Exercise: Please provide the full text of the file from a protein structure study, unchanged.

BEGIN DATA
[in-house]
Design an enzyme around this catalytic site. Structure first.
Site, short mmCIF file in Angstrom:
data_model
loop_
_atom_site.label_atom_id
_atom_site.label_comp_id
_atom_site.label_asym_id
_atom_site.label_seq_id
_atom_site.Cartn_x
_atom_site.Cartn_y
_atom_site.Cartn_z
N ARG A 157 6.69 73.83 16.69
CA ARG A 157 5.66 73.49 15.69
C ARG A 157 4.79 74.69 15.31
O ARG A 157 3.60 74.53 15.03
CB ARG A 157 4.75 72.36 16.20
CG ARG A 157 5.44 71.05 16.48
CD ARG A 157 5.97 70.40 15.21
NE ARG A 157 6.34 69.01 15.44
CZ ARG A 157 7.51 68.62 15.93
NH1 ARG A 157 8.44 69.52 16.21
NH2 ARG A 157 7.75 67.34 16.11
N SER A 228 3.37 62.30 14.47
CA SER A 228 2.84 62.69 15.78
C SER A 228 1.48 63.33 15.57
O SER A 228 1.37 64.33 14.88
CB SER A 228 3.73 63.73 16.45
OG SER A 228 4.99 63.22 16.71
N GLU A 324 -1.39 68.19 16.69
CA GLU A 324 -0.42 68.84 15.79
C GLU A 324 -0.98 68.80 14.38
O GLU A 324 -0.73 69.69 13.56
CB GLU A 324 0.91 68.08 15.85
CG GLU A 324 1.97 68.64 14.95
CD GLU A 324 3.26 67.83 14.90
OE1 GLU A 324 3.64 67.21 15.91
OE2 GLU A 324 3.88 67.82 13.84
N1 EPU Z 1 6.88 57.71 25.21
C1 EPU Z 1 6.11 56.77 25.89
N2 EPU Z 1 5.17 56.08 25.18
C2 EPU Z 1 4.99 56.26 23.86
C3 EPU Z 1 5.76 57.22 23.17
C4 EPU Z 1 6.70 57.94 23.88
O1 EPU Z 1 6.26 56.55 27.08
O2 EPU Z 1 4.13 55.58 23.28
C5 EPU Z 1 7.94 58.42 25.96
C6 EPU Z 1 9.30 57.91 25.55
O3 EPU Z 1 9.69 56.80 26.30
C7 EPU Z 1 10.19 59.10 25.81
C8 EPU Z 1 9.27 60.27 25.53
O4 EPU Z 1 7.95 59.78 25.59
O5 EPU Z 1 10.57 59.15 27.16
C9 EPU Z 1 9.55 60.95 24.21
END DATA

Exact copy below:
[in-house]
Design an enzyme around this catalytic site. Structure first.
Site, short mmCIF file in Angstrom:
data_model
loop_
_atom_site.label_atom_id
_atom_site.label_comp_id
_atom_site.label_asym_id
_atom_site.label_seq_id
_atom_site.Cartn_x
_atom_site.Cartn_y
_atom_site.Cartn_z
N ARG A 157 6.69 73.83 16.69
CA ARG A 157 5.66 73.49 15.69
C ARG A 157 4.79 74.69 15.31
O ARG A 157 3.60 74.53 15.03
CB ARG A 157 4.75 72.36 16.20
CG ARG A 157 5.44 71.05 16.48
CD ARG A 157 5.97 70.40 15.21
NE ARG A 157 6.34 69.01 15.44
CZ ARG A 157 7.51 68.62 15.93
NH1 ARG A 157 8.44 69.52 16.21
NH2 ARG A 157 7.75 67.34 16.11
N SER A 228 3.37 62.30 14.47
CA SER A 228 2.84 62.69 15.78
C SER A 228 1.48 63.33 15.57
O SER A 228 1.37 64.33 14.88
CB SER A 228 3.73 63.73 16.45
OG SER A 228 4.99 63.22 16.71
N GLU A 324 -1.39 68.19 16.69
CA GLU A 324 -0.42 68.84 15.79
C GLU A 324 -0.98 68.80 14.38
O GLU A 324 -0.73 69.69 13.56
CB GLU A 324 0.91 68.08 15.85
CG GLU A 324 1.97 68.64 14.95
CD GLU A 324 3.26 67.83 14.90
OE1 GLU A 324 3.64 67.21 15.91
OE2 GLU A 324 3.88 67.82 13.84
N1 EPU Z 1 6.88 57.71 25.21
C1 EPU Z 1 6.11 56.77 25.89
N2 EPU Z 1 5.17 56.08 25.18
C2 EPU Z 1 4.99 56.26 23.86
C3 EPU Z 1 5.76 57.22 23.17
C4 EPU Z 1 6.70 57.94 23.88
O1 EPU Z 1 6.26 56.55 27.08
O2 EPU Z 1 4.13 55.58 23.28
C5 EPU Z 1 7.94 58.42 25.96
C6 EPU Z 1 9.30 57.91 25.55
O3 EPU Z 1 9.69 56.80 26.30
C7 EPU Z 1 10.19 59.10 25.81
C8 EPU Z 1 9.27 60.27 25.53
O4 EPU Z 1 7.95 59.78 25.59
O5 EPU Z 1 10.57 59.15 27.16
C9 EPU Z 1 9.55 60.95 24.21